Brain Science Brain Science #6

Respect, empathy, and compassion

Mireille and Adam discuss empathy, respect, and compassion and the role each of these interpersonal constructs play in strengthening our relationships, both personally and professionally. What exactly is empathy, respect, and compassion? What are key indicator lights to be aware of when any of them are lacking or off-kilter? We also discuss Dr. John Gottman’s research on “The Four Horsemen” in relationships.

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Eve Martin ably.io

WebSockets vs Server-Sent Events

Eve Martin: Sometimes we need information from our servers instantaneously. For this sort of use case our usual AJAX request/response doesn’t cut it. Instead, we need a push-based method like WebSockets, Long Polling, Server-Sent Events (SSE) and - more recently - HTTP2 push. In this article, we compare two methods for implementing realtime - WebSockets and Server-Sent Events, with information on which to use and when. This is a nice, reasoned comparison of the two technologies: advantages, stumbling blocks, open source resources, etc.

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GitPrime Icon GitPrime – Sponsored

The engineering manager's guide to code reviews

How can engineering managers improve the outcomes of the code review process to benefit the whole team? This guide from GitPrime aims to answer this question and more. In this Guide to the Code Review Process, we’ve assembled foundational resources for software engineering leaders to be able to communicate concisely about the outcomes of code review. This guide also highlights the manager’s role in the code review process, including eight review dynamics common to engineering teams.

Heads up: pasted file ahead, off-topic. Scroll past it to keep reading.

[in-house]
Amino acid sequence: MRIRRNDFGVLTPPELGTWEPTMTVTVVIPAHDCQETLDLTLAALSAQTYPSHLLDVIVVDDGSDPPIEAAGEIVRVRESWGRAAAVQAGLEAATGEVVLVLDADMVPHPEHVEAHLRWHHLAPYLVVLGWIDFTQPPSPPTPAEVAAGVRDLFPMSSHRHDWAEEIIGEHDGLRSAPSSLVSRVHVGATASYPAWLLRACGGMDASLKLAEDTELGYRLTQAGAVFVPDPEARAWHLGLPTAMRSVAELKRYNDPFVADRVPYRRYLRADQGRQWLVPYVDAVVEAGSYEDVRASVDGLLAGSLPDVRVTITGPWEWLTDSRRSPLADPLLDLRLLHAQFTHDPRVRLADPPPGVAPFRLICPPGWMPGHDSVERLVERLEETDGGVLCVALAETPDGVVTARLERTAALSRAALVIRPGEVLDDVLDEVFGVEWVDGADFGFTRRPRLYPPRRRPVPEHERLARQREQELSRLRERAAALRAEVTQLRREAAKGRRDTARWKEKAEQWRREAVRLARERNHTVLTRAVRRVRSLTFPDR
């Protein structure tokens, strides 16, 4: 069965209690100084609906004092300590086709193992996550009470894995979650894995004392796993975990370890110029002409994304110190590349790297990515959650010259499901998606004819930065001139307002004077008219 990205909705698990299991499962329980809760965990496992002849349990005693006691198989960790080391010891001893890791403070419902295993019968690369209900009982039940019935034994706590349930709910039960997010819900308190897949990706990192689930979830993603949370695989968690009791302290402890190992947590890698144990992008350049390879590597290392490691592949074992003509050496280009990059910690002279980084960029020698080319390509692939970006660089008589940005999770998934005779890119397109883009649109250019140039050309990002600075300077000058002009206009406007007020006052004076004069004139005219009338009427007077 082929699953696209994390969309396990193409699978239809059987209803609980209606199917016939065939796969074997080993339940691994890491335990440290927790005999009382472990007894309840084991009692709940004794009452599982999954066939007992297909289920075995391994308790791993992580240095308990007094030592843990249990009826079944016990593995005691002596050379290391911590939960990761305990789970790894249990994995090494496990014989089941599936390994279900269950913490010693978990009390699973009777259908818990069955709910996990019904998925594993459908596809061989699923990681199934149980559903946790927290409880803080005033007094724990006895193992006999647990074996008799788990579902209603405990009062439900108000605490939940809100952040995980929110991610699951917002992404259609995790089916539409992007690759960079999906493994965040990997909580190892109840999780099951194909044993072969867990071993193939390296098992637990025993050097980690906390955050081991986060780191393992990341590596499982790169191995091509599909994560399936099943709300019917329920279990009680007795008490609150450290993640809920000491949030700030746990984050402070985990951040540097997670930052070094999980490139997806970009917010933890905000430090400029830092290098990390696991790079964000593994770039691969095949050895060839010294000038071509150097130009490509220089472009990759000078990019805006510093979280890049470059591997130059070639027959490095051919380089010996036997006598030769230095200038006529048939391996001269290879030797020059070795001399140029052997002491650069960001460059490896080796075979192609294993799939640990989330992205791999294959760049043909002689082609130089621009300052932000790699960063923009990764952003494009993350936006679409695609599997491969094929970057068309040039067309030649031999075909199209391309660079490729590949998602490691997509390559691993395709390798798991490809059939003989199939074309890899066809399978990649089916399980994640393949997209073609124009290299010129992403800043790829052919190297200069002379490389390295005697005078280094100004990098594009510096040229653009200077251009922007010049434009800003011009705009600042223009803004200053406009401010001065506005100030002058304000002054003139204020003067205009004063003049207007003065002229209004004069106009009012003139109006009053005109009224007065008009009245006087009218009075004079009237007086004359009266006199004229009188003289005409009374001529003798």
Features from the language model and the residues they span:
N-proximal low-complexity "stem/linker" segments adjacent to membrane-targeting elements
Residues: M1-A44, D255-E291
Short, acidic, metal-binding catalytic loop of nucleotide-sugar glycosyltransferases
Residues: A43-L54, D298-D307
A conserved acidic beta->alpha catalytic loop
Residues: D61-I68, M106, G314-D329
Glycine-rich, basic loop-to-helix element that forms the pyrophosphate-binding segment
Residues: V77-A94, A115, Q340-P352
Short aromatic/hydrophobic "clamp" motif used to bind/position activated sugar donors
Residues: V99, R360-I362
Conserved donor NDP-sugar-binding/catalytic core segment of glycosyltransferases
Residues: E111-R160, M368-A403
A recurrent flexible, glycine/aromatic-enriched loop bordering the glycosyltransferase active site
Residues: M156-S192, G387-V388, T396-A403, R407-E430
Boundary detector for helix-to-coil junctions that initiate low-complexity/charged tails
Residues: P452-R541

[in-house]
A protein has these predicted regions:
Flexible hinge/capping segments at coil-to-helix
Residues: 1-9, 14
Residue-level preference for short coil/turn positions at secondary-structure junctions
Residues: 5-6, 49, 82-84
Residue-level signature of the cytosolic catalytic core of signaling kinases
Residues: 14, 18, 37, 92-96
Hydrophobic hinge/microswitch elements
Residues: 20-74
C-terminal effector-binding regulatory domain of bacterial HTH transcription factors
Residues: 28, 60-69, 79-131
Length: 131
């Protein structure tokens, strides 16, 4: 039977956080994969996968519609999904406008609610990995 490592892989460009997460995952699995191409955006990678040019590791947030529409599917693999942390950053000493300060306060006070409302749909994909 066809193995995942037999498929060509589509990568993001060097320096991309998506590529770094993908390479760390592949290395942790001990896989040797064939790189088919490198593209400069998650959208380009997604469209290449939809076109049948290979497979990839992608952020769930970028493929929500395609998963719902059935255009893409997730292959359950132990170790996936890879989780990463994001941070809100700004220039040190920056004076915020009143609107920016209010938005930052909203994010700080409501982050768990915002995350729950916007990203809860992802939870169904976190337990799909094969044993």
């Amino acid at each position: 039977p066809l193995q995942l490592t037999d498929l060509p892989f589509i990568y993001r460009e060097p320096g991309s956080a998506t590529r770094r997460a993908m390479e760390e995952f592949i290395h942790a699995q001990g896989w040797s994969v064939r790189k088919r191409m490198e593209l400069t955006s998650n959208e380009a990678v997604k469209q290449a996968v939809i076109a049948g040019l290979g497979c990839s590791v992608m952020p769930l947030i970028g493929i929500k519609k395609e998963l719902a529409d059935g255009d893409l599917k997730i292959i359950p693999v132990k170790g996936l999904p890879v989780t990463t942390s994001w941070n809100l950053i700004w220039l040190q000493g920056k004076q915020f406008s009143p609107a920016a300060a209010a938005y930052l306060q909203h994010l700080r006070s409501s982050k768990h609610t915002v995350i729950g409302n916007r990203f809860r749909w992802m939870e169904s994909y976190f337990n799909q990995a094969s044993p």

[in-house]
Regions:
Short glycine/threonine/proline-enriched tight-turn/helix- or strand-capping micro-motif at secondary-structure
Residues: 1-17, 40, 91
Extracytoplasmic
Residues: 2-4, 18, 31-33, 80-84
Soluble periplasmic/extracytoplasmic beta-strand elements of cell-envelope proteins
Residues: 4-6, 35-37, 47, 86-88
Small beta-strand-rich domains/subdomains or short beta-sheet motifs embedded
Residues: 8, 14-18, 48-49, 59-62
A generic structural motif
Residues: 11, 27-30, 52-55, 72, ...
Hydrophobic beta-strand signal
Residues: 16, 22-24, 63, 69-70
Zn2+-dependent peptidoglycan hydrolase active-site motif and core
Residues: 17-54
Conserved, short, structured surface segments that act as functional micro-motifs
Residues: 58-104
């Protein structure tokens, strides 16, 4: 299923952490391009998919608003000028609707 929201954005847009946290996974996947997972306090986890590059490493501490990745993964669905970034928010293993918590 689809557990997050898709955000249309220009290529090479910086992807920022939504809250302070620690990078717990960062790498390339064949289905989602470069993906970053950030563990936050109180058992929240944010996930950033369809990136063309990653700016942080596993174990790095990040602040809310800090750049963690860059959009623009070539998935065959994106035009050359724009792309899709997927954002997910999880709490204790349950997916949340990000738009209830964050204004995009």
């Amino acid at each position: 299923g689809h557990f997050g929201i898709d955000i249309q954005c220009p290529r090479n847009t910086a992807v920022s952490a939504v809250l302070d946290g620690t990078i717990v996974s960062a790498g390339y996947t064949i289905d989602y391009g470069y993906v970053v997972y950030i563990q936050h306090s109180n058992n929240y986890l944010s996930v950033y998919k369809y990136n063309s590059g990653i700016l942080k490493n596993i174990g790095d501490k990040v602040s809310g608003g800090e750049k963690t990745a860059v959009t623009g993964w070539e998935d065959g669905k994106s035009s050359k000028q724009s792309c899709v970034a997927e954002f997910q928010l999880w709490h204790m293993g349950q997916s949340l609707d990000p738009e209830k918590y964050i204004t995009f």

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Terminal github.com

type less, do more, wayyy faster with this full-featured terminal file manager

I logged this almost exactly 1 year ago, but nnn is worth another look: it is also a disk usage analyzer, a fuzzy app launcher, a batch renamer and a file picker. The plugin repository has tons of plugins and documentation to extend the capabilities further. You can plug new functionality and play with a custom keybind instantly.

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InfoQ Icon InfoQ

How Apple plans to address the systemic issue that made iOS 13 so buggy

iOS 13’s rollout was soooo buggy. Most notably: backgrounded apps were routinely being killed for no reason. What was to blame? …Apple top executives Craig Federighi and Stacey Lysik identified iOS daily builds’ instability as the main culprit for iOS 13 bugs. In short, Apple developers were pushing too many unfinished or buggy features to the daily builds. Since new features were active by default, independently of their maturity level, testers had a hard time to actually use their devices, which caused Apple’s buggy releases. Here’s how they plan to address the problem: Federighi suggested leaving all new features disabled by default, so testers can ensure no regressions make it into the latest build and avoid being impaired by new bugs. New features shall be enabled on-demand by testers using a new internal Flags menu, making it possible to test each new feature in isolation. How did it take Apple to the end of 2019 before they discovered feature flags? I hope it helps 🤞